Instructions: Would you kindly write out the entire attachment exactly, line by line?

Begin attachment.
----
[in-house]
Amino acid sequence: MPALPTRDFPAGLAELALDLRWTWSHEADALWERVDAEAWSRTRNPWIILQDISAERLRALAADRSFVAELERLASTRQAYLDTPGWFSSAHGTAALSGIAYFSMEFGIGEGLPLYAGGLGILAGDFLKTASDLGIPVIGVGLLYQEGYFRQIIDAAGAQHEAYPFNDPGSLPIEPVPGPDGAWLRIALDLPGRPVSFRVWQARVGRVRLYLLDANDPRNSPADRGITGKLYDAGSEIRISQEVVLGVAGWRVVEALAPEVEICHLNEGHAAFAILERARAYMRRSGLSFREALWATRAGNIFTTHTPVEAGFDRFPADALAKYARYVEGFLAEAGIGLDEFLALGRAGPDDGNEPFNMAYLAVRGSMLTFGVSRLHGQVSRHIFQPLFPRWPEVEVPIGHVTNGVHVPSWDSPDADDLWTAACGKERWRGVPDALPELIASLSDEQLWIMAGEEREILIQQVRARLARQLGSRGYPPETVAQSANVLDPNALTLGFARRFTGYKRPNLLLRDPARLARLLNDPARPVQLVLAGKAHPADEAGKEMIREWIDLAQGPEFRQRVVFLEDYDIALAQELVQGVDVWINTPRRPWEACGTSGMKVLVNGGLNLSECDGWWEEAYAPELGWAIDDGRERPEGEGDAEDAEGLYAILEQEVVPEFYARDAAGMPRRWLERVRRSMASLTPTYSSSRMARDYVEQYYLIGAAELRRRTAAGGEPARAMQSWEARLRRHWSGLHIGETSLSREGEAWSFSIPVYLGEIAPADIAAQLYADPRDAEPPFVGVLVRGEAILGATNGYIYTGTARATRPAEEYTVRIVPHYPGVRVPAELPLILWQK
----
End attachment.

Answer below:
[in-house]
Amino acid sequence: MPALPTRDFPAGLAELALDLRWTWSHEADALWERVDAEAWSRTRNPWIILQDISAERLRALAADRSFVAELERLASTRQAYLDTPGWFSSAHGTAALSGIAYFSMEFGIGEGLPLYAGGLGILAGDFLKTASDLGIPVIGVGLLYQEGYFRQIIDAAGAQHEAYPFNDPGSLPIEPVPGPDGAWLRIALDLPGRPVSFRVWQARVGRVRLYLLDANDPRNSPADRGITGKLYDAGSEIRISQEVVLGVAGWRVVEALAPEVEICHLNEGHAAFAILERARAYMRRSGLSFREALWATRAGNIFTTHTPVEAGFDRFPADALAKYARYVEGFLAEAGIGLDEFLALGRAGPDDGNEPFNMAYLAVRGSMLTFGVSRLHGQVSRHIFQPLFPRWPEVEVPIGHVTNGVHVPSWDSPDADDLWTAACGKERWRGVPDALPELIASLSDEQLWIMAGEEREILIQQVRARLARQLGSRGYPPETVAQSANVLDPNALTLGFARRFTGYKRPNLLLRDPARLARLLNDPARPVQLVLAGKAHPADEAGKEMIREWIDLAQGPEFRQRVVFLEDYDIALAQELVQGVDVWINTPRRPWEACGTSGMKVLVNGGLNLSECDGWWEEAYAPELGWAIDDGRERPEGEGDAEDAEGLYAILEQEVVPEFYARDAAGMPRRWLERVRRSMASLTPTYSSSRMARDYVEQYYLIGAAELRRRTAAGGEPARAMQSWEARLRRHWSGLHIGETSLSREGEAWSFSIPVYLGEIAPADIAAQLYADPRDAEPPFVGVLVRGEAILGATNGYIYTGTARATRPAEEYTVRIVPHYPGVRVPAELPLILWQK